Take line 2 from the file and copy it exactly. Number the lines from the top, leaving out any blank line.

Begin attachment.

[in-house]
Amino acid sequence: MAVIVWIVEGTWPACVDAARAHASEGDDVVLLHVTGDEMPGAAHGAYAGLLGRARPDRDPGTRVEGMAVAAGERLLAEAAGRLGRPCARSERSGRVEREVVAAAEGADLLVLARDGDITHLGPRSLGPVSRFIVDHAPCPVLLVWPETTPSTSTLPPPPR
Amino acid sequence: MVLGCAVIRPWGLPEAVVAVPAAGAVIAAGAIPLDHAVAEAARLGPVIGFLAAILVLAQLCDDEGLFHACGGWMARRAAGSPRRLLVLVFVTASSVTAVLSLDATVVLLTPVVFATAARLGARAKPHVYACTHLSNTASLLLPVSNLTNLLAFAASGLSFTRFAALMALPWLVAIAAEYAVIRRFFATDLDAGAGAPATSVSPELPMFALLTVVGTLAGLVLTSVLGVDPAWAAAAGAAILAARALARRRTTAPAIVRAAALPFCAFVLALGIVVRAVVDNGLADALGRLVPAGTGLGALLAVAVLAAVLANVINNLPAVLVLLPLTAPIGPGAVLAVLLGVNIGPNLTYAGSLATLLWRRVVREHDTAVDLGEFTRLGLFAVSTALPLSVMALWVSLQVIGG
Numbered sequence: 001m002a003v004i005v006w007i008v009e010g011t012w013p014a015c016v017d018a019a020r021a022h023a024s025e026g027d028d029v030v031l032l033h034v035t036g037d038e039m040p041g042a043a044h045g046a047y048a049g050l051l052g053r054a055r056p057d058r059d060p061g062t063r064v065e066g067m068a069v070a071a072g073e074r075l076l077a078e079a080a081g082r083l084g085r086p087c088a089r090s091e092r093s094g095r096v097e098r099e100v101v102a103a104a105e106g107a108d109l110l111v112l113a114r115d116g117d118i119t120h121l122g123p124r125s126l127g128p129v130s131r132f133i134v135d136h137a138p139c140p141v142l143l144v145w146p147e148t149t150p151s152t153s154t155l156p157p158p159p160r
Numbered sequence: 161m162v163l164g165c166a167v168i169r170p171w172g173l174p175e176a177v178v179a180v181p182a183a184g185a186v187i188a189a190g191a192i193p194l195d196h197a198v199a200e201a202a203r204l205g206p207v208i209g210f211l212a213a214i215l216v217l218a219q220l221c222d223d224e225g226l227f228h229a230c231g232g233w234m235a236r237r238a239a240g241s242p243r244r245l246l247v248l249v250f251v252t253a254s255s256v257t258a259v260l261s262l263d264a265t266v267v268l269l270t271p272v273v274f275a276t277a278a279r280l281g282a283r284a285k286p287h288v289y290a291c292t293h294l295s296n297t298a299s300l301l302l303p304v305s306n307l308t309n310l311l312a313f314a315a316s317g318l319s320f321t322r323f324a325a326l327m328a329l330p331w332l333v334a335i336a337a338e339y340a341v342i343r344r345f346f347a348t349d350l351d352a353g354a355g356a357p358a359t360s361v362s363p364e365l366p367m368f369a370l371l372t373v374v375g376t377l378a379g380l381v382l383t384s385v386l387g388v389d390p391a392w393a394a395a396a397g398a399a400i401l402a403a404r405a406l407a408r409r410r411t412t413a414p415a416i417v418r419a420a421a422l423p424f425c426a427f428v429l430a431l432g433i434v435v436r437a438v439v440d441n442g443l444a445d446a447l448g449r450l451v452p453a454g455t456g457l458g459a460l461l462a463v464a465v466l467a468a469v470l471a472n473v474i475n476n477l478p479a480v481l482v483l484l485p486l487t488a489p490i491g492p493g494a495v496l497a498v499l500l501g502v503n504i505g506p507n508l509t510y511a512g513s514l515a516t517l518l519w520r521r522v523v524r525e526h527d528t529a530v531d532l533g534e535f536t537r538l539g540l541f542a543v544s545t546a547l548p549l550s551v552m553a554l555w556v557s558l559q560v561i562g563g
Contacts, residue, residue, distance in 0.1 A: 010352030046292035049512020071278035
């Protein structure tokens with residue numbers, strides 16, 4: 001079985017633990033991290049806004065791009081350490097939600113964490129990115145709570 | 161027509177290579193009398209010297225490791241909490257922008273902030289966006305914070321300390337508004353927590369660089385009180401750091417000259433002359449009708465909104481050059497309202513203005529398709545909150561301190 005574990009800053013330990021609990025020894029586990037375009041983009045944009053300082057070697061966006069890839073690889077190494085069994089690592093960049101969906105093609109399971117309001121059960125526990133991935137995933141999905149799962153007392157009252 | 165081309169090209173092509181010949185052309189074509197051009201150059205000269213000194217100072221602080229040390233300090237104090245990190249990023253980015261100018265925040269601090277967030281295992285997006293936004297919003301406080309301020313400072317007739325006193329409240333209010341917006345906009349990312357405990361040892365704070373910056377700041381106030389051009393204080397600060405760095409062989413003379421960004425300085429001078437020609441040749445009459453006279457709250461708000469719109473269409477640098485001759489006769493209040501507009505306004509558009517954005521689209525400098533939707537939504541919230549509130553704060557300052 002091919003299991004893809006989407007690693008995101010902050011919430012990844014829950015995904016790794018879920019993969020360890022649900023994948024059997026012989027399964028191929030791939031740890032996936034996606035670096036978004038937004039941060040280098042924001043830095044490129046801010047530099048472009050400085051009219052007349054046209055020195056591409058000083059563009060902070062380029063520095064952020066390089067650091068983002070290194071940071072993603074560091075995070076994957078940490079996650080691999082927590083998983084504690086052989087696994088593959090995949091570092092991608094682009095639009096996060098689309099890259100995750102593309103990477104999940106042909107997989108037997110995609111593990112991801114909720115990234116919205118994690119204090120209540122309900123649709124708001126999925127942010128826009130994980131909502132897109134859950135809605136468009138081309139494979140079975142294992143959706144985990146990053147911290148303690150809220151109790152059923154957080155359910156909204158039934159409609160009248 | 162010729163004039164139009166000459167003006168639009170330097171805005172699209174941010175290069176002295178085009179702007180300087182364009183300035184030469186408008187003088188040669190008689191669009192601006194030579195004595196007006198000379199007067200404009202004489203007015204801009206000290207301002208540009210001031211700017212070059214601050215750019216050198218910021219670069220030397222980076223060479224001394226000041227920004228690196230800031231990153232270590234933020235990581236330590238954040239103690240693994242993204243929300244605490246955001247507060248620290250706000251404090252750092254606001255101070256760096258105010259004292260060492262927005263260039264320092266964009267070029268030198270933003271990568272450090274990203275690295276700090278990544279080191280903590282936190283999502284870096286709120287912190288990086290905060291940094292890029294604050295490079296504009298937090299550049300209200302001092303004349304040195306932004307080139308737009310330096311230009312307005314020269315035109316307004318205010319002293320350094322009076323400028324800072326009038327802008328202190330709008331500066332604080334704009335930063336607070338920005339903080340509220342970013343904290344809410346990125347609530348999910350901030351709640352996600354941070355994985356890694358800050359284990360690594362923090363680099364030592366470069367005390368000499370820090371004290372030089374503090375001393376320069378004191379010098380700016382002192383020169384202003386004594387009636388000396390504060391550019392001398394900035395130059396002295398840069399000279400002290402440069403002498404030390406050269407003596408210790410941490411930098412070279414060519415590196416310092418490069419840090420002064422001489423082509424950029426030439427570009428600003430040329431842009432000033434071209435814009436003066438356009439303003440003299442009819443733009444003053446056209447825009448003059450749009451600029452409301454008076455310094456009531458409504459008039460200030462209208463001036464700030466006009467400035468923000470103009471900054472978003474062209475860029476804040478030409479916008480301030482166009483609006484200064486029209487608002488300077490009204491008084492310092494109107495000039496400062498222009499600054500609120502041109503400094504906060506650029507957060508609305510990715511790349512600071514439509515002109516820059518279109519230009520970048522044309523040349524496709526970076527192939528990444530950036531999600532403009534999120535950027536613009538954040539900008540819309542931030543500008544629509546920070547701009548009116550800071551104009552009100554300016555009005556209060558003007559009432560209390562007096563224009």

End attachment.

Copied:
Amino acid sequence: MAVIVWIVEGTWPACVDAARAHASEGDDVVLLHVTGDEMPGAAHGAYAGLLGRARPDRDPGTRVEGMAVAAGERLLAEAAGRLGRPCARSERSGRVEREVVAAAEGADLLVLARDGDITHLGPRSLGPVSRFIVDHAPCPVLLVWPETTPSTSTLPPPPR